The last blog post discussed the idea of “nesting” as a way of living following or preceding a divorce. This post will continue go into the specifics of choosing this arrangements following divorce or separation.
One way parents will typically use this method of living is that the parents will rent a one-bedroom apartment, for each parent to stay in when they are not living in the home. Parents will exchange places as each one takes their turn in the family home. The reason this is ideal during separation is so the children do not have to shuttle back and forth between homes enabling their lives to remain as stable as possible. This option reduces the financial drain on the family during the separation because a small apartment is much less expensive than a whole different house. If money is not a real issue, another nesting arrangement involves each adult purchasing their own personal dwelling, while the children remain in the family home. This option gives each partner the privacy they desire.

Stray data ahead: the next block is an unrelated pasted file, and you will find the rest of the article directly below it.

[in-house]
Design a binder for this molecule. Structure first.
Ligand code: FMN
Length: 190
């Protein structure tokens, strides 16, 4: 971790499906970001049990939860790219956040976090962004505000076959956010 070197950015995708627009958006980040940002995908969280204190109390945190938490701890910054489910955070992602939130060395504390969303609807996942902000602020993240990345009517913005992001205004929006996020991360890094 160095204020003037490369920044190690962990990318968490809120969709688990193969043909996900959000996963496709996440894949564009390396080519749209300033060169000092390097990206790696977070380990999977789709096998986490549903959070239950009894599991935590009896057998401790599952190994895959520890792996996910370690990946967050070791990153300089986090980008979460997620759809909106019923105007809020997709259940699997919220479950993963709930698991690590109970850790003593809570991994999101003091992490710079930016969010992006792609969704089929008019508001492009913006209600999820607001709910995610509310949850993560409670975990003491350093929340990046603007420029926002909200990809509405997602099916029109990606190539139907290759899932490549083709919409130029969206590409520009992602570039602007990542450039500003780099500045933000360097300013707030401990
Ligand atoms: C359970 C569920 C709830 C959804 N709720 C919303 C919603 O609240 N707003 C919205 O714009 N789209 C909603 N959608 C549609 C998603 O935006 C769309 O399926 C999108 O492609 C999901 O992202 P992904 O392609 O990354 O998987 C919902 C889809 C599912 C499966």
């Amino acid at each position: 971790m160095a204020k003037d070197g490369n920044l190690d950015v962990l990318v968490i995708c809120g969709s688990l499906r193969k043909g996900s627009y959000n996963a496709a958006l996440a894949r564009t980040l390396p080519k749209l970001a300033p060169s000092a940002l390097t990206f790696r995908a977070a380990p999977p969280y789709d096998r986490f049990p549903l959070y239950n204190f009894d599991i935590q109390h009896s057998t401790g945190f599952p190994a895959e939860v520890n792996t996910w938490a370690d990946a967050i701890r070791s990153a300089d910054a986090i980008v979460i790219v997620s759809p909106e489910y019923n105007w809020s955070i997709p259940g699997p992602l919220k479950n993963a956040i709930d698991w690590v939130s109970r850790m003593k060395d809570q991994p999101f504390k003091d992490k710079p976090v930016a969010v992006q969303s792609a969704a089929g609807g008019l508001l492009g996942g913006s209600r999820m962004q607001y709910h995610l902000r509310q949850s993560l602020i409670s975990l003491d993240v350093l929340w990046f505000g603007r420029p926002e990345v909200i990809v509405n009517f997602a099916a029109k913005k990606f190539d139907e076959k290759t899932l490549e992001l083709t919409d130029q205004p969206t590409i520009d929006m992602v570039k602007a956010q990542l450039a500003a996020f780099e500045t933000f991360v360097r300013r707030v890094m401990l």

A benefit of nesting is that children do not need to carry items back and forth between homes and there will be no need to purchase duplicate bikes, sports equipment, school instruments, or school supplies. The children get to keep their friendships, their school, and most of their life remains as close to normal as possible.
As parents began to learn about nesting, some will consider keeping it long term, while others simply use it as a transition into the divorce. Keeping nesting permanently is potentially dangerous because it can be emotionally complicated for the parents. The next blog will discuss some important factors to consider during nesting.
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